As for seasonal closures, it’s important to note that the Eagle Lake Trail is subject to closures during the winter months. Typically, from November to March, heavy snowfall covers the trail, making it inaccessible and potentially dangerous. It’s advisable to check with local authorities or the trail’s official website for updates on closures and trail conditions before planning a visit. However, for those who enjoy winter activities such as snowshoeing or cross-country skiing, the trail can be a magical winter wonderland during this time.


1. Wheelchair Accessibility: The Eagle Lake Trail offers a wheelchair-accessible path that is paved and relatively flat, allowing individuals with mobility challenges to enjoy the scenic beauty of the trail.
2. Accessible Parking: Designated accessible parking spaces are available near the trailhead, ensuring convenient access for individuals with disabilities.
3. Accessible Restrooms: Wheelchair-accessible restrooms are located near the trailhead, providing necessary facilities for individuals with disabilities.
4. Trail Surface: The trail surface is well-maintained and suitable for wheelchair use, with a smooth and even path that minimizes obstacles and barriers.
5. Handrails: Handrails are installed along certain sections of the trail, offering additional support and stability for individuals with mobility impairments.
6. Benches and Rest Areas: The trail features several benches and rest areas along the way, providing opportunities for individuals with disabilities to take breaks and enjoy the surroundings.
7. Signage: Clear and visible signage is present throughout the trail, including accessible maps and information boards, ensuring individuals with visual impairments can navigate easily.
8. Assistance Animals: Service animals are permitted on the trail, allowing individuals with disabilities to have the necessary support and companionship during their visit.
9. Accessible Picnic Areas: Wheelchair-accessible picnic areas are available near the trail, allowing individuals with disabilities to enjoy outdoor dining and socializing.
10. Accessibility Information: The trail provides comprehensive accessibility information on their website or at the trailhead, offering details on specific accommodations and services available to individuals with disabilities.

Safety Information

1. Trail Difficulty: The Eagle Lake Trail is a moderately difficult trail suitable for hikers of various skill levels.
2. Trail Length: The trail is approximately 1.8 miles long, making it a relatively short hike.
3. Elevation Gain: Hikers can expect an elevation gain of around 500 feet, so be prepared for some uphill sections.
4. Trail Conditions: The trail is generally well-maintained, but occasional rocky and uneven sections may require careful footing.
5. Weather Awareness: Check the weather forecast before heading out and be prepared for sudden changes in weather conditions.
6. Proper Footwear: Wear sturdy hiking shoes or boots with good traction to navigate the trail’s terrain safely.
7. Sun Protection: Apply sunscreen, wear a hat, and bring sunglasses to protect yourself from the sun’s rays.
8. Bug Repellent: Mosquitoes and other insects can be present, especially during the warmer months, so consider using bug repellent.
9. Water Availability: Carry an adequate amount of water, as there are no water sources along the trail.
10. Snacks and Food: Pack some energy-boosting snacks or a light meal to keep yourself fueled during the hike.
11. Wildlife Awareness: Be aware of your surroundings and respect the wildlife; keep a safe distance and do not feed or approach animals.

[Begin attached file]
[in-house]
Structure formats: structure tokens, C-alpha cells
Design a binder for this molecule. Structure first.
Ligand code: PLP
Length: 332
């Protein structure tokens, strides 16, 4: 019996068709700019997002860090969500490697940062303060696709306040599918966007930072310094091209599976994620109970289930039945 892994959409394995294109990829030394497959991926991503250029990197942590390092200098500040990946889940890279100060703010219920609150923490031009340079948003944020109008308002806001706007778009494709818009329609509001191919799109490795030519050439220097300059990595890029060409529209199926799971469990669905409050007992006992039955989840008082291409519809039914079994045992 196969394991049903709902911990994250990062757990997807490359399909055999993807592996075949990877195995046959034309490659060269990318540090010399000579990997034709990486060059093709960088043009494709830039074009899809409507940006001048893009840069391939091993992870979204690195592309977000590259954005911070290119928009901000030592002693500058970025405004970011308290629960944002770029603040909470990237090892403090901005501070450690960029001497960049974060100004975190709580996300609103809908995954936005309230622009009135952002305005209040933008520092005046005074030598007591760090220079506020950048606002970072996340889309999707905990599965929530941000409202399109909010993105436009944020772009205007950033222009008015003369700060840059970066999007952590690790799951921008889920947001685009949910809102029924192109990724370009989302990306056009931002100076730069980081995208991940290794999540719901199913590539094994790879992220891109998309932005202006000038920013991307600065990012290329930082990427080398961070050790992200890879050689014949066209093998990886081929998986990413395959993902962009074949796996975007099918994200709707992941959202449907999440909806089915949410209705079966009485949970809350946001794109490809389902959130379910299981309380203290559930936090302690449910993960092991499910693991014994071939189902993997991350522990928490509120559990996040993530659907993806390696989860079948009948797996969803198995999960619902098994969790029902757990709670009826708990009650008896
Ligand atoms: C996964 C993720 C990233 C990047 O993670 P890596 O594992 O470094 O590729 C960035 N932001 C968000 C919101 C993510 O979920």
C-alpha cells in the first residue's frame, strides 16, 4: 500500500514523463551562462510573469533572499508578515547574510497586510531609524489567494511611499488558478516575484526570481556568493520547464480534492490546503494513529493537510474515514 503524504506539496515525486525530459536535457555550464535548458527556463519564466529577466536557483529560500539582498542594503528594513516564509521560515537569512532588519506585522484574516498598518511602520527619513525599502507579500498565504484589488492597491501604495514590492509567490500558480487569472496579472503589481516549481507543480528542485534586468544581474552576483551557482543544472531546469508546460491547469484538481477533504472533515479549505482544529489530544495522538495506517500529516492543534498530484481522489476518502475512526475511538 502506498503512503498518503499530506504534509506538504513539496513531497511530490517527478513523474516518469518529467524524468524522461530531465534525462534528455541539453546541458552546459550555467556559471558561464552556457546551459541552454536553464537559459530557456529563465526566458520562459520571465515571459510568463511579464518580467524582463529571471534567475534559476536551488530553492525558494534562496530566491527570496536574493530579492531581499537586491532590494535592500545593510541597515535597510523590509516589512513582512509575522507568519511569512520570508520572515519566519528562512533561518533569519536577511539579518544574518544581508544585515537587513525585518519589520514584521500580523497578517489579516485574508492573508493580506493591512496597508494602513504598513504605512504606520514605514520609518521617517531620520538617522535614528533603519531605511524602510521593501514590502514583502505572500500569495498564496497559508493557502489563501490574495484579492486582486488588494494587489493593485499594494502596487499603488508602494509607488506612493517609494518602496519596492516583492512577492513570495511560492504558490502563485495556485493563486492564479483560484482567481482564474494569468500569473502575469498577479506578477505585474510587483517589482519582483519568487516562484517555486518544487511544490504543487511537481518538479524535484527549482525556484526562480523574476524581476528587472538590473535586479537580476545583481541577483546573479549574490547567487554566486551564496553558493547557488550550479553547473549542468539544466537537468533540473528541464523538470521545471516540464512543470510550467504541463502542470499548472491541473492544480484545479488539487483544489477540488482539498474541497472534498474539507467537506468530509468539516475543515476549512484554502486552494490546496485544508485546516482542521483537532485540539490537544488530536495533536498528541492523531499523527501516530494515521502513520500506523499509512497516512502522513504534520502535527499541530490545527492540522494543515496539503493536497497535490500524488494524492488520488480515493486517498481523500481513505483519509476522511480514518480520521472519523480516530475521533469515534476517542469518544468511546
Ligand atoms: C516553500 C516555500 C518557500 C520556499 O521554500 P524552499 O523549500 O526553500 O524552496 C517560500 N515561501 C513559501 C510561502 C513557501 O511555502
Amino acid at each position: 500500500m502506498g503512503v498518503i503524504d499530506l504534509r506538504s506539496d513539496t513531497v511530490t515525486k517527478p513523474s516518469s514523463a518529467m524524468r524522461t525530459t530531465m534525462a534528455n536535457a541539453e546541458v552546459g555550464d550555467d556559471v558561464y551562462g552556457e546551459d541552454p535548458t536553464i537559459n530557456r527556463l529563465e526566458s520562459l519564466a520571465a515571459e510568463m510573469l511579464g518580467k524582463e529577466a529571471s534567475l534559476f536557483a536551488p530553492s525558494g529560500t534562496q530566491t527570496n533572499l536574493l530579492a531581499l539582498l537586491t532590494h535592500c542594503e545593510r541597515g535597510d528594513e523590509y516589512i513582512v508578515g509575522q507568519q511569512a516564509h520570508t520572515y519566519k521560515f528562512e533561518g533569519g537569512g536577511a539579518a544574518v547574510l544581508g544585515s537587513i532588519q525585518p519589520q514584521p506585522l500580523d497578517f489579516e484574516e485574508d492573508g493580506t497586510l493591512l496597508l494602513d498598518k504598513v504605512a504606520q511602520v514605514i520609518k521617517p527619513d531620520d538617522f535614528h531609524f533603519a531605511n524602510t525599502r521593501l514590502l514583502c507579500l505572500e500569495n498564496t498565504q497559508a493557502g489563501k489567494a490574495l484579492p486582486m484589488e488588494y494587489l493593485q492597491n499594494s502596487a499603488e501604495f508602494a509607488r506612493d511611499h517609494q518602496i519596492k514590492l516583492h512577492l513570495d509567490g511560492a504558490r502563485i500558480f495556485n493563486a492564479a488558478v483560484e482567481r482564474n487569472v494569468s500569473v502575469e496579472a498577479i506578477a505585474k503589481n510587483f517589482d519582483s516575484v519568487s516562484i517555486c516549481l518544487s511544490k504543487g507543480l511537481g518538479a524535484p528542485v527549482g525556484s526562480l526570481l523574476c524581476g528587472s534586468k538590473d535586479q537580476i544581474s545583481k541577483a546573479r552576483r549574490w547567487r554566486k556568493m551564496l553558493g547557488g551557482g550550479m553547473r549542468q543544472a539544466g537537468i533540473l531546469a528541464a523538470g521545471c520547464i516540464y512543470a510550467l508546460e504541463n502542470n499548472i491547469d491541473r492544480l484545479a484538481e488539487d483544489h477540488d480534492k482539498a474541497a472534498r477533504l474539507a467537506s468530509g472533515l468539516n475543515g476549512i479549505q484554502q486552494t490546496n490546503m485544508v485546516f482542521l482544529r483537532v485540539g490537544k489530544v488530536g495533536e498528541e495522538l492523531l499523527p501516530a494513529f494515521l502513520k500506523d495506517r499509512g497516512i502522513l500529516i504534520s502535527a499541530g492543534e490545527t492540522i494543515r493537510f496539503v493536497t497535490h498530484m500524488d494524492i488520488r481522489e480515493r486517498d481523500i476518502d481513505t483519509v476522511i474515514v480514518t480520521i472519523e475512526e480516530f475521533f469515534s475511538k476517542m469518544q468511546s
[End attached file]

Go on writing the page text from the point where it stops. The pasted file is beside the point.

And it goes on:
12. Hiking Buddy: Consider hiking with a partner or in a group for added safety and enjoyment.
13. Trail Markers: Pay attention to trail markers and signs to stay on the designated path.
14. Leave No Trace: Practice Leave No Trace principles by packing out all trash and minimizing your impact on the environment.
15. Emergency Preparedness: Carry a basic first aid kit, a map of the trail, and a fully charged cell phone for emergencies.
16. Time Management: Start your hike early to allow enough time to complete the trail and return before sunset.
17. Physical Fitness: Ensure you are in good physical condition to undertake the hike, as it involves some elevation gain and moderate exertion.
18. Trail Etiquette: Yield to uphill hikers, be courteous to fellow hikers, and follow any specific trail rules or regulations.
19. Trail Closure: Check for any trail closures or restrictions before your visit, as maintenance or safety concerns may temporarily close the trail.
20. Enjoyment and Relaxation: Take your time, enjoy the beautiful scenery, and have a relaxing experience on the Eagle Lake Trail.

Conservation Notes

The conservation status of the Eagle Lake Trail is considered to be stable and well-maintained. The trail is located within the Desolation Wilderness, a protected area in the Sierra Nevada Mountains of California. As part of the National Wilderness Preservation System, the Desolation Wilderness is managed by the U.S. Forest Service to ensure the preservation of its natural and cultural resources.

Efforts have been made to minimize human impact on the Eagle Lake Trail and its surrounding environment. The trail is regularly monitored and maintained to prevent erosion and protect sensitive habitats. Additionally, designated campsites and fire rings are provided to concentrate visitor use and minimize disturbance to the surrounding vegetation.

To further protect the conservation status of the trail, visitors are encouraged to follow Leave No Trace principles. These principles include packing out all trash, staying on designated trails, and respecting wildlife and vegetation. By adhering to these guidelines, visitors can help preserve the natural beauty and ecological integrity of the Eagle Lake Trail and its surrounding wilderness area.